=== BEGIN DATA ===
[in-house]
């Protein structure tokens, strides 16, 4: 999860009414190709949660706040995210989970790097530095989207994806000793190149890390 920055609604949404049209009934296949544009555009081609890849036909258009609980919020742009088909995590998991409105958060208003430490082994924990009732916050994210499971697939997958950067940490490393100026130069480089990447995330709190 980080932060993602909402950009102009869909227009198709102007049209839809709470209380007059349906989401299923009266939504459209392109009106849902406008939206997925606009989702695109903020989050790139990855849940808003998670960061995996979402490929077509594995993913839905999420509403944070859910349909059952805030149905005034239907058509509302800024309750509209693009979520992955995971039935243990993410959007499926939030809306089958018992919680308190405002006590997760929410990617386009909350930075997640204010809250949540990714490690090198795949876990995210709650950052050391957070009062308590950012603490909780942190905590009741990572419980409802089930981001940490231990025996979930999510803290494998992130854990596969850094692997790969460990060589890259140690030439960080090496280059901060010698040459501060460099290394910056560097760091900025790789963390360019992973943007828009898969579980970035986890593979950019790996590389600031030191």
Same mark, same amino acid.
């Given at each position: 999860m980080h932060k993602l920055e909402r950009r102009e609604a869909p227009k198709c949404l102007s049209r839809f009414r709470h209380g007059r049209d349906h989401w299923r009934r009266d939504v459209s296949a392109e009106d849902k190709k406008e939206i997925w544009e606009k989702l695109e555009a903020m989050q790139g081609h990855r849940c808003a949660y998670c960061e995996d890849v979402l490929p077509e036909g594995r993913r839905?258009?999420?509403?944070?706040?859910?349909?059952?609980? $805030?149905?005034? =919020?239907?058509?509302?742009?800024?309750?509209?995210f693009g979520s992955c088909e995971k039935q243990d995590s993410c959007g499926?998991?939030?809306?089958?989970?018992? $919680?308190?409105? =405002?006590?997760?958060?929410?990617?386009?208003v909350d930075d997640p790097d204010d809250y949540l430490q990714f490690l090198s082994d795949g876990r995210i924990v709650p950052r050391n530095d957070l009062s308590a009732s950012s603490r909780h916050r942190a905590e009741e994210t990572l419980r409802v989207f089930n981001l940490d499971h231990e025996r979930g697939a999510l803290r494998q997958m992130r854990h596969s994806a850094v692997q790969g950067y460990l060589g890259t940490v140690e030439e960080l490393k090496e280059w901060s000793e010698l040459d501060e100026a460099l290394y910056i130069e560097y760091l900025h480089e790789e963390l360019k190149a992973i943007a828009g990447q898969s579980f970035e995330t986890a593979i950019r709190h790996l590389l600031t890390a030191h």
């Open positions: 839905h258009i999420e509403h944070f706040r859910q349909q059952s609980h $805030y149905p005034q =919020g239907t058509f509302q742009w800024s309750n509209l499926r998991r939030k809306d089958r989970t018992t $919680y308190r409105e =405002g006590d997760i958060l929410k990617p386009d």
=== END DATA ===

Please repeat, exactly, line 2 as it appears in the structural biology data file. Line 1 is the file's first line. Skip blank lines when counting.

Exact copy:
């Protein structure tokens, strides 16, 4: 999860009414190709949660706040995210989970790097530095989207994806000793190149890390 920055609604949404049209009934296949544009555009081609890849036909258009609980919020742009088909995590998991409105958060208003430490082994924990009732916050994210499971697939997958950067940490490393100026130069480089990447995330709190 980080932060993602909402950009102009869909227009198709102007049209839809709470209380007059349906989401299923009266939504459209392109009106849902406008939206997925606009989702695109903020989050790139990855849940808003998670960061995996979402490929077509594995993913839905999420509403944070859910349909059952805030149905005034239907058509509302800024309750509209693009979520992955995971039935243990993410959007499926939030809306089958018992919680308190405002006590997760929410990617386009909350930075997640204010809250949540990714490690090198795949876990995210709650950052050391957070009062308590950012603490909780942190905590009741990572419980409802089930981001940490231990025996979930999510803290494998992130854990596969850094692997790969460990060589890259140690030439960080090496280059901060010698040459501060460099290394910056560097760091900025790789963390360019992973943007828009898969579980970035986890593979950019790996590389600031030191």